No one gives much thought to mistletoe beyond the Holidays.
My only experience with mistletoe is limited to the artificially-colored preserved sprigs that pop up in stores this time of year.
Amazingly, there are more than 1,300 different species of this plant parasite worldwide. If you are a fan of essential oils, you might be interested to know that mistletoes are related to the sandalwoods, a group of parasitic plants mostly known for their distinctive scent.
Mistletoe is an obligate parasite; it cannot live without its host plant, but it is also considered a hemi-parasite (“half-parasite”). For mistletoe, this means it absorbs only water and materials dissolved in water carried through the host plant. Mistletoe carries out photosynthesis to produce its own food sources, just like any other green plant. The range of possible host plants depends on each mistletoe species. Some have very broad host ranges, others very narrow.
Several mistletoes are found in the United States and are typically considered pests. They may disfigure or kill their host plant over time. A particularly troublesome mistletoe along these lines is Dwarf Mistletoe (Arceuthobium spp.), which looks nothing like the mistletoe we see during the holidays, but is still a mistletoe. It is only about an inch tall, and its leaves resemble flattened scales.
Many mistletoes are inconspicuous, with small flowers and fruits at specific times of the year, but many put on spectacular displays of large colorful flowers. Some depend on birds or other animals to disperse their seed, others have evolved berries that explode with enough force to spread seed far and wide. Scientists have even found that some mistletoes can parasitize other mistletoes!
How in the world did a plant parasite become associated with kisses and Christmas? There are lots of legends told about mistletoe, but the familiar association with Christmas has its roots in Europe. The ancient Druids used a golden sickle to cut mistletoe from their most-revered tree, the oak, as part of ceremonies celebrating fertility that included human sacrifice. The Druids also celebrated the winter solstice which may explain part of mistletoe’s association with Christmas-- but it’s a stretch.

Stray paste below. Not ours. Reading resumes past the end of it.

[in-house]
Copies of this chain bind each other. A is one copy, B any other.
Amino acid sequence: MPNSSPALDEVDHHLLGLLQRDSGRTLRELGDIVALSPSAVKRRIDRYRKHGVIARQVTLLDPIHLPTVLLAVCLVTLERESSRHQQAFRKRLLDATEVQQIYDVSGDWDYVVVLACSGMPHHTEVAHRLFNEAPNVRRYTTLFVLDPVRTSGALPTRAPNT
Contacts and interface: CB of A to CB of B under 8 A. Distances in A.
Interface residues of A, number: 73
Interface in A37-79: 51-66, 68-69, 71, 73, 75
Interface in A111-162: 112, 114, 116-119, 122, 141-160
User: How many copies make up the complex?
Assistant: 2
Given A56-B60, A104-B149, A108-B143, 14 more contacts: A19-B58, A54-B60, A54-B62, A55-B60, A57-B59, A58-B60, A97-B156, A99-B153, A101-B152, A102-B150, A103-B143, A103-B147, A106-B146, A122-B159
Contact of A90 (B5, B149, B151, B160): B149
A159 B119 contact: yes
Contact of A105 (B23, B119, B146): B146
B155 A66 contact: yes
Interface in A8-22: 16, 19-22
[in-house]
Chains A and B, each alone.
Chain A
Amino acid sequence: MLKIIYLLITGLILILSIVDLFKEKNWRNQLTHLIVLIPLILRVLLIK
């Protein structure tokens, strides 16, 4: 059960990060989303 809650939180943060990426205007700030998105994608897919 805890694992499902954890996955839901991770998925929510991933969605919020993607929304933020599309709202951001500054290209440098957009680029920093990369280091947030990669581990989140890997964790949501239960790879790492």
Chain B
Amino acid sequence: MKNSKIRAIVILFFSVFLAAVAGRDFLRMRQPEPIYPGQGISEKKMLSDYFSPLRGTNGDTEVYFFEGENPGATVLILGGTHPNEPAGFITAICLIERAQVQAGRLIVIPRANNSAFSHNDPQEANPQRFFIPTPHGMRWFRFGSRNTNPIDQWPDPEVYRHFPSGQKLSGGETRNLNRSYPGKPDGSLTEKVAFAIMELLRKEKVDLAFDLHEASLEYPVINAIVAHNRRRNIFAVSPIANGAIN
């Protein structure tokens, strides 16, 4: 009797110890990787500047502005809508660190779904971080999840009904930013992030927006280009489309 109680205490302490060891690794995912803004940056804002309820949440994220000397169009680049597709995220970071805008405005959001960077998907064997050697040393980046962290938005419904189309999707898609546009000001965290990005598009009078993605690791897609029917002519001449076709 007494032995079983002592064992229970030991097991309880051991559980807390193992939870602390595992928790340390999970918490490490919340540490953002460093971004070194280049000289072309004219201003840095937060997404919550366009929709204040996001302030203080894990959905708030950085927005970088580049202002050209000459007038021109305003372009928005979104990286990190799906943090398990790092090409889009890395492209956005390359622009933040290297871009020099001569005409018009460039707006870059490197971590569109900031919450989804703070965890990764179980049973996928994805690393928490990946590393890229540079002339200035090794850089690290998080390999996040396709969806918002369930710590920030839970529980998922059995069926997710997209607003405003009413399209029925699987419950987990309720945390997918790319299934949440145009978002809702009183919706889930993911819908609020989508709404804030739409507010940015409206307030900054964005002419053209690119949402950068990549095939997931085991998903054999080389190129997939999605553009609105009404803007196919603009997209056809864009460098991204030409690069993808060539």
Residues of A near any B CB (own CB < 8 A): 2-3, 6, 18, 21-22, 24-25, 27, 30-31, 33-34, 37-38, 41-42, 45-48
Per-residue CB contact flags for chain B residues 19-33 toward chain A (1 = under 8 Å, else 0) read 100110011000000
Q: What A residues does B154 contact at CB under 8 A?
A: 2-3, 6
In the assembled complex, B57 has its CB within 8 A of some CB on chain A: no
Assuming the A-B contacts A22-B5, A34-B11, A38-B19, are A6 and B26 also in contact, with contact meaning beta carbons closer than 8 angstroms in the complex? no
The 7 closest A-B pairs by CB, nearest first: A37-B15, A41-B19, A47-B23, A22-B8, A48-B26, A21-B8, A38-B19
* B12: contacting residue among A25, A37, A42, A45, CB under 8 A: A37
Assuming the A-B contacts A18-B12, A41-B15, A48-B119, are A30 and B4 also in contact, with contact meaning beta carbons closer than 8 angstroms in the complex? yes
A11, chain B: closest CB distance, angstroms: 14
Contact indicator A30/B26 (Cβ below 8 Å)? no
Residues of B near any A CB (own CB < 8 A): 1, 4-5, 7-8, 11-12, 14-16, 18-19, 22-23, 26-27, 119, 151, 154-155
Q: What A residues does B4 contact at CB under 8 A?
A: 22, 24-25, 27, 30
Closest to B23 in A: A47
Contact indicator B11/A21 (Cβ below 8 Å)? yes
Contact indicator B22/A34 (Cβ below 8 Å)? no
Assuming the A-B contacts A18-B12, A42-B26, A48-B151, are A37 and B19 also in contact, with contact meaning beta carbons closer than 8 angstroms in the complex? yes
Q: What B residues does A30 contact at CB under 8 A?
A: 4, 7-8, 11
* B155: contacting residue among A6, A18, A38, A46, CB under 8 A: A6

Supposedly, a Norse myth explains mistletoe’s link to kissing. According to the myth, an arrow made from mistletoe killed Balder, son of Frigga, the goddess of love and beauty. The other gods resurrected Balder, and Frigga’s tears of joy formed the white berries produced by the common European mistletoe species, Viscum album. Legend says that the berries represent kisses bestowed by Frigga to people that meet under the mistletoe. Some say that a berry should be removed from the mistletoe for each kiss and that the mistletoe loses its "power" once all the berries are removed.
The name mistletoe comes from second-century Anglo-Saxon descriptions of the plants as "misteltan,” derived from the word “mistel” meaning dung, and “tan” meaning twig. These early people associated the appearance of mistletoe with droppings from birds on tree branches. Not exactly the most romantic legend around, but they did think there was some magical process at hand that spontaneously generated the resulting mistletoe plants.
The French link mistletoe to Christmas through Christ’s crucifixion, using the fact that mistletoe is poisonous. According to a French legend, the original mistletoe plant grew on the tree that was made into the cross on which Jesus was crucified. This made the mistletoe cursed, causing it to be forever poisonous and a parasite, never allowed to grow independently on the ground.
Mistletoe may be poisonous, but at various times it has also been considered an aphrodisiac. Medically, it can be an abortifacient, meaning it will cause a miscarriage of pregnancy. Some writers suggest this is one reason mistletoe is linked with fertility, which in some cultures also meant uninhibited sexuality and promiscuity. In any case, ingestion of mistletoe is likely to cause severe cardiac, digestive, and neurological malfunction and death are likely. You’d be wise to search for aphrodisiacs elsewhere!
Another random fun fact: the mistletoe that started the kissing tradition according to European folklore is usually the species Viscum album. The mistletoe sold in the U.S. is an assortment of species from a different genus, Phoradendron. But regardless of the mistletoe species used, it really is an odd tradition when you stop to think about it!